Delta State Owes Councils N8.4billion Salaries And Arrears, Searches For Ghost Workers


BEVERLY HILLS, April 22, (THEWILL) – THEWILL has been informed that the Delta state government is currently battling with the backlog of salaries and arrears owned to local government workers running into a whopping sum of N8.4billion naira.

Sources told THEWILL that the backlog, which have been accumulating from the third quarter of 2014, increased after Governor Ifeanyi Okowa allegedly reneged in the state government systemic augmentation of the council’s wage bills.

It was not clear what could have led to the policy overhaul by the Okowa-led administration, but sources said that paucity of funds in the state and decline in monthly allocations from the federal government to the state and councils was responsible.

Credible Government House sources added that the shortfall to the local councils allocation were usually augmented by the previous administration by N700million monthly for the 25 local councils, translating to about N28million per council but the Okowa administration had stopped the policy.

THEWILL learnt that from the last bailout fund released by the federal government to the states, of which Delta state benefited, what the councils got from the state government was only able to clear three months salaries arrears on the average.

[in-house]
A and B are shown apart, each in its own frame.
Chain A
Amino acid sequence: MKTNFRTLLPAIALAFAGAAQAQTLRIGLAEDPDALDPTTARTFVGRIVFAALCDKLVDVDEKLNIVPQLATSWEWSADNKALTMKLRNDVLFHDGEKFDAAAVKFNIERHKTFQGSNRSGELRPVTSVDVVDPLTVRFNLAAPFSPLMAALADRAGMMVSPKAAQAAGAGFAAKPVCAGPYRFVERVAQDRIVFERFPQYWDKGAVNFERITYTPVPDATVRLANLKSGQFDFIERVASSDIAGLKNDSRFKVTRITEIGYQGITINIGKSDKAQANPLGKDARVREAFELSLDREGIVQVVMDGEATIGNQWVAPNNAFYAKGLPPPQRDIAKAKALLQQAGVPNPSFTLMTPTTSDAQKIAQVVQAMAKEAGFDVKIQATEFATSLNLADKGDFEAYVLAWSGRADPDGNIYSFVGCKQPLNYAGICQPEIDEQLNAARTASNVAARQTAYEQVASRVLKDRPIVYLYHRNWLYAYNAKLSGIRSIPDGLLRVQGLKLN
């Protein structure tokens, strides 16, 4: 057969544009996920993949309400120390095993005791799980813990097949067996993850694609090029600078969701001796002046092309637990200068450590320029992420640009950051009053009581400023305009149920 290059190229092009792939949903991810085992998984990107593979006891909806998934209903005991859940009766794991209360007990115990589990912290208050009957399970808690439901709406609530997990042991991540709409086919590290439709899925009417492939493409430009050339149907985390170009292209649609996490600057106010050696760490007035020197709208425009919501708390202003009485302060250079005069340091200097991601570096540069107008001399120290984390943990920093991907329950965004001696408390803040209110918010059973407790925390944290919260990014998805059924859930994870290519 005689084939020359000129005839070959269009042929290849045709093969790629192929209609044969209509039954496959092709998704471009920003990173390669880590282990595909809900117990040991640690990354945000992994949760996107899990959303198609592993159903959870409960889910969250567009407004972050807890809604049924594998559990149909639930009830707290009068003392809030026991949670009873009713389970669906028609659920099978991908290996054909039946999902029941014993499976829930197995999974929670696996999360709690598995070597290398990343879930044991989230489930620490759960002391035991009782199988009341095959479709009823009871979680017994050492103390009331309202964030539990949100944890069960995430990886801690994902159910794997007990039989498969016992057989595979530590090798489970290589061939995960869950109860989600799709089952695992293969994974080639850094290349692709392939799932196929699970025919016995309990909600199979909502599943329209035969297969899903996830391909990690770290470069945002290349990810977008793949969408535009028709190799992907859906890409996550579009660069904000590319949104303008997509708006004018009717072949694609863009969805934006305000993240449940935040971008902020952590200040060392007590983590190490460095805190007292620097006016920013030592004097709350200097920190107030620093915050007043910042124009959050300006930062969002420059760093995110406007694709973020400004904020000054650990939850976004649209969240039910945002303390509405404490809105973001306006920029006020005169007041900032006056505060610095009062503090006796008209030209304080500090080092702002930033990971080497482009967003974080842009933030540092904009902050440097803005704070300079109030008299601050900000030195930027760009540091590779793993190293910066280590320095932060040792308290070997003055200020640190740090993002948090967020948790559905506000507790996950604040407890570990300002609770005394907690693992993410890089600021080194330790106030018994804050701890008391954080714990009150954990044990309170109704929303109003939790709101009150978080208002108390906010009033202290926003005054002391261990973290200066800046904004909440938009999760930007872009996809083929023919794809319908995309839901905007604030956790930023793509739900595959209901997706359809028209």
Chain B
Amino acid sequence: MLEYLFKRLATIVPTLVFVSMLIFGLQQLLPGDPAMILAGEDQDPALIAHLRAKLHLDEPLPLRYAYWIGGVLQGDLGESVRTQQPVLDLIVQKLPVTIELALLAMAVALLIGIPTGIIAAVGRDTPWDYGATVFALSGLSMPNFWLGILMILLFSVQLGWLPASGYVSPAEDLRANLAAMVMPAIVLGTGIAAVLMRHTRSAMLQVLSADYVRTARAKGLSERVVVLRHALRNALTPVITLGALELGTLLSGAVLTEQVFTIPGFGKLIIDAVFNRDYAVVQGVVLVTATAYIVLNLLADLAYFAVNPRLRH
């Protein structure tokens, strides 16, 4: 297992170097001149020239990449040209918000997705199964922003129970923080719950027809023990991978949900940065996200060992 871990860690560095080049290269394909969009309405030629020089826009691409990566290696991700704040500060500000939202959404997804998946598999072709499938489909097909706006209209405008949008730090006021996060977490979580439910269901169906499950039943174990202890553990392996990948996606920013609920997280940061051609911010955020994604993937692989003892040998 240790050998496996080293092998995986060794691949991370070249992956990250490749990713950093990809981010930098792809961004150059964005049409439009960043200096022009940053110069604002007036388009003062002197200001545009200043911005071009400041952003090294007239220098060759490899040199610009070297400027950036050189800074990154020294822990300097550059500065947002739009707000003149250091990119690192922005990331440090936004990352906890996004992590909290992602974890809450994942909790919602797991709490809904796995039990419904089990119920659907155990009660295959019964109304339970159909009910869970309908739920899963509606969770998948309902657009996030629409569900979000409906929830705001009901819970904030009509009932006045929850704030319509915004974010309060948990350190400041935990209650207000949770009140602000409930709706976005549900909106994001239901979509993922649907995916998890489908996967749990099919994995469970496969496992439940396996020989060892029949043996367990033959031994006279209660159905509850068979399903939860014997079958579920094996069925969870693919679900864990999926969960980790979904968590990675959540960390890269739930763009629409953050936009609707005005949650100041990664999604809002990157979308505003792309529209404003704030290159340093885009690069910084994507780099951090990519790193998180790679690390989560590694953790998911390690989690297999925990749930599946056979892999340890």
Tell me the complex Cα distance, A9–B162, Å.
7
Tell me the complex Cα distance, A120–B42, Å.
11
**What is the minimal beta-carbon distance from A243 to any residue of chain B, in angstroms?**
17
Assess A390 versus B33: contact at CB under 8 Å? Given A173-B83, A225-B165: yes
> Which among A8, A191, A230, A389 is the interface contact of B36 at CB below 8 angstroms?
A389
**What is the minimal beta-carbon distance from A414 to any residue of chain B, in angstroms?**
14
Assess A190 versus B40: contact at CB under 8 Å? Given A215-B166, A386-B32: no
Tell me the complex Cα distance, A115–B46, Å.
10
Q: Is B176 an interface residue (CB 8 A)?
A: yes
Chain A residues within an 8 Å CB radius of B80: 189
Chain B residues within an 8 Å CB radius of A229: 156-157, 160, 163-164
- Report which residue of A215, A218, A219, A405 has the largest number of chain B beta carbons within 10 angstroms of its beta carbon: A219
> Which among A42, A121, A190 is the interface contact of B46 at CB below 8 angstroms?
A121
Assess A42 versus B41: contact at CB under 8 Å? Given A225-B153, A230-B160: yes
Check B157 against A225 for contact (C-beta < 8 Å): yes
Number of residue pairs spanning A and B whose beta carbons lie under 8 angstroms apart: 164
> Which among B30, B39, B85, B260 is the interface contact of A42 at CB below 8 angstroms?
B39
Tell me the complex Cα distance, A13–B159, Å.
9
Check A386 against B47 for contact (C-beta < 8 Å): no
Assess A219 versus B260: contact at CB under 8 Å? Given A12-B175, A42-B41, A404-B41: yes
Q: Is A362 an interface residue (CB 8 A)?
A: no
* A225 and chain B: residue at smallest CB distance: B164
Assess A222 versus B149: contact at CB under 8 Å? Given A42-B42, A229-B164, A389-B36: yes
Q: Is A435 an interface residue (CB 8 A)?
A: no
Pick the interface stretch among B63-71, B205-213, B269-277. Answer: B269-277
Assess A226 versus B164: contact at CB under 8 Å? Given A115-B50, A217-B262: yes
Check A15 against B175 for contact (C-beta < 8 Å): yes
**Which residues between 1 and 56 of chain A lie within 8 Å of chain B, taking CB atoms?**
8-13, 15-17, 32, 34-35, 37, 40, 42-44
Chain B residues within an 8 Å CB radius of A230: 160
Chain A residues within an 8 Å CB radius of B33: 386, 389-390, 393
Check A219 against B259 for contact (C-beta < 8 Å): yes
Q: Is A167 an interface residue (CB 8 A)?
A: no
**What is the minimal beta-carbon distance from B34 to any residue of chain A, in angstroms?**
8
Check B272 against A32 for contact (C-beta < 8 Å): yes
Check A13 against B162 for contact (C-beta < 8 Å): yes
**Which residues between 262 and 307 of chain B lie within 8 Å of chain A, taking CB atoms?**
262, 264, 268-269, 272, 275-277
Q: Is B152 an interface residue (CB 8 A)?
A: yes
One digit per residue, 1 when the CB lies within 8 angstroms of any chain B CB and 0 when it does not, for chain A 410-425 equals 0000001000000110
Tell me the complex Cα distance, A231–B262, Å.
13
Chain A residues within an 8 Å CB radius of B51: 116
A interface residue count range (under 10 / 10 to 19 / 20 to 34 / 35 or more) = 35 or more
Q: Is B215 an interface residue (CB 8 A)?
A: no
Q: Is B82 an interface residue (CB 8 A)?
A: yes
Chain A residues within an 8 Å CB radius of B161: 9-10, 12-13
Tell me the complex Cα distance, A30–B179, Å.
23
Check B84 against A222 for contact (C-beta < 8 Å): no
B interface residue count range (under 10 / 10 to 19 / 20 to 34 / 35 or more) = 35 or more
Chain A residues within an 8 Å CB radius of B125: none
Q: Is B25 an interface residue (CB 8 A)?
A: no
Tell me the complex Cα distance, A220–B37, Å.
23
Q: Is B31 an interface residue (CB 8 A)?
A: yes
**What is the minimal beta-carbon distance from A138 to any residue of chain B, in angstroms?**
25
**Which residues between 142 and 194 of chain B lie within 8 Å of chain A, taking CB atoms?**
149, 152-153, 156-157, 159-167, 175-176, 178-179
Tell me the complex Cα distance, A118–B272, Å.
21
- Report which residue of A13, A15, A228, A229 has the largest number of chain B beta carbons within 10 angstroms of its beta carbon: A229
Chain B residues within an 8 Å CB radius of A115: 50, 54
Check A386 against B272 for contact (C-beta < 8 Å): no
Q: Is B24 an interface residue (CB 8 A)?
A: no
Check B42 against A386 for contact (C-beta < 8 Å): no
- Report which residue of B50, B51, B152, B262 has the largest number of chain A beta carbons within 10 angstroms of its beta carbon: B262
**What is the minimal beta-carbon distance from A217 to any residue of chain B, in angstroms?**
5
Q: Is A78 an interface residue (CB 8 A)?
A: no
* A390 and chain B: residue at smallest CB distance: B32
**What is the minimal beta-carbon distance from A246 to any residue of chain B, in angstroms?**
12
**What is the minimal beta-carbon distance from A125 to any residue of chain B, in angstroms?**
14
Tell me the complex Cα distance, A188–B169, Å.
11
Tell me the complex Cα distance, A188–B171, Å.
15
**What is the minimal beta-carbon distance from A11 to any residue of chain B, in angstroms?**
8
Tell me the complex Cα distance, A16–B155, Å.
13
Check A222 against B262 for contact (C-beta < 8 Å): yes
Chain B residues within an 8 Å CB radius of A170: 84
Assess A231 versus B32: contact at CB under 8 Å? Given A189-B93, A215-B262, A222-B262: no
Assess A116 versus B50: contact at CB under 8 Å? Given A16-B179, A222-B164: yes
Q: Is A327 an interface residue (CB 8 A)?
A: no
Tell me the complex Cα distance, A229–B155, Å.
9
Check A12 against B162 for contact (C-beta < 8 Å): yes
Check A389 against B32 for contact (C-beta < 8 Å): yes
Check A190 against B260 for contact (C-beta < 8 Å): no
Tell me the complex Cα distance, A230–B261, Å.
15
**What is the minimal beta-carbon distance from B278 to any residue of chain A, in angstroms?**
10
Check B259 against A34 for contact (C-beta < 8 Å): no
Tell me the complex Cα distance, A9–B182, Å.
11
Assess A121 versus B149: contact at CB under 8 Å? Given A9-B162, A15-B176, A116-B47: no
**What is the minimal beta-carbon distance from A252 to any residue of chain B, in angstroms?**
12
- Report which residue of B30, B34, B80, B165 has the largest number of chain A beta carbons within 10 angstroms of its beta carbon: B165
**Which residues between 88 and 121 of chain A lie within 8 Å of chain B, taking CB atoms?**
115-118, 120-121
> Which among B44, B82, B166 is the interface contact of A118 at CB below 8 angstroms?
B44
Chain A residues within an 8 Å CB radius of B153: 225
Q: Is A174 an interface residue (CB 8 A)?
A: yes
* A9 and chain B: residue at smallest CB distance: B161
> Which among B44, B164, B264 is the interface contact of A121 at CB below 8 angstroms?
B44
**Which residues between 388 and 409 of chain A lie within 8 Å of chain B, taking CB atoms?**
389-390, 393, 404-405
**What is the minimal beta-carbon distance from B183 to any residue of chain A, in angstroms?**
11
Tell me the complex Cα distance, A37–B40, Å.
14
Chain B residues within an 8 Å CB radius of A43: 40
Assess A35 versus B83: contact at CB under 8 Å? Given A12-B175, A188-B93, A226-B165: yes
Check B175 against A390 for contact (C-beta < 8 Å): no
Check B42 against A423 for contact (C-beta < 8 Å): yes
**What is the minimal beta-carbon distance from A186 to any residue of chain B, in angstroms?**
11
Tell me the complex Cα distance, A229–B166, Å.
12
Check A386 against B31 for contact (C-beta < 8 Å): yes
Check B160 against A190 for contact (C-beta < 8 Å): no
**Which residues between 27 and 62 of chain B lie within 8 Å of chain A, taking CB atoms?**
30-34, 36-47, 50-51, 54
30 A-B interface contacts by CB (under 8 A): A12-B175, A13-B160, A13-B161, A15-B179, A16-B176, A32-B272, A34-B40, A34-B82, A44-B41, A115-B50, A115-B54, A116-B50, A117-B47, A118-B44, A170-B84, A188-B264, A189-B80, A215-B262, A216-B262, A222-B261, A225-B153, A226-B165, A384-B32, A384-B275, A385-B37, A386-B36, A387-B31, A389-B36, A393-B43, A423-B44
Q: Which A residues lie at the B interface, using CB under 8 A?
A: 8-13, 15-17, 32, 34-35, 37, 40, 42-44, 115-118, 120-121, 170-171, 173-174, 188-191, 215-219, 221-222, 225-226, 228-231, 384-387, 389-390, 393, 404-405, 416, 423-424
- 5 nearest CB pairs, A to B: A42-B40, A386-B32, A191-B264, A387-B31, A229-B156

The sources disclosed that the wage bills of the councils are put purportedly at N55million, meaning that the monthly wage bill of the 25 local government is N1.35billion, cumulatively, this translates that the councils are indebted to workers to the tune of N8.415billion naira as at March 2016,

The state government, according to sources is currently searching for ghost workers around the local councils through its biometric data capturing exercise as part of government effort to mitigate the burden of backlog of debt owned the councils.

It could be recalled that Governor Okowa had few weeks ago raised the alarm over ghost working in the state civil service following a purported report by committee conducting biometric exercise across all sector of the state.

The governor had specifically during a meeting with public secondary school principals across the State revealed that 28 strange names, 38 dead principals, and 15 retired or absconded teachers are still on the payroll of the State government.

Story by David Oputah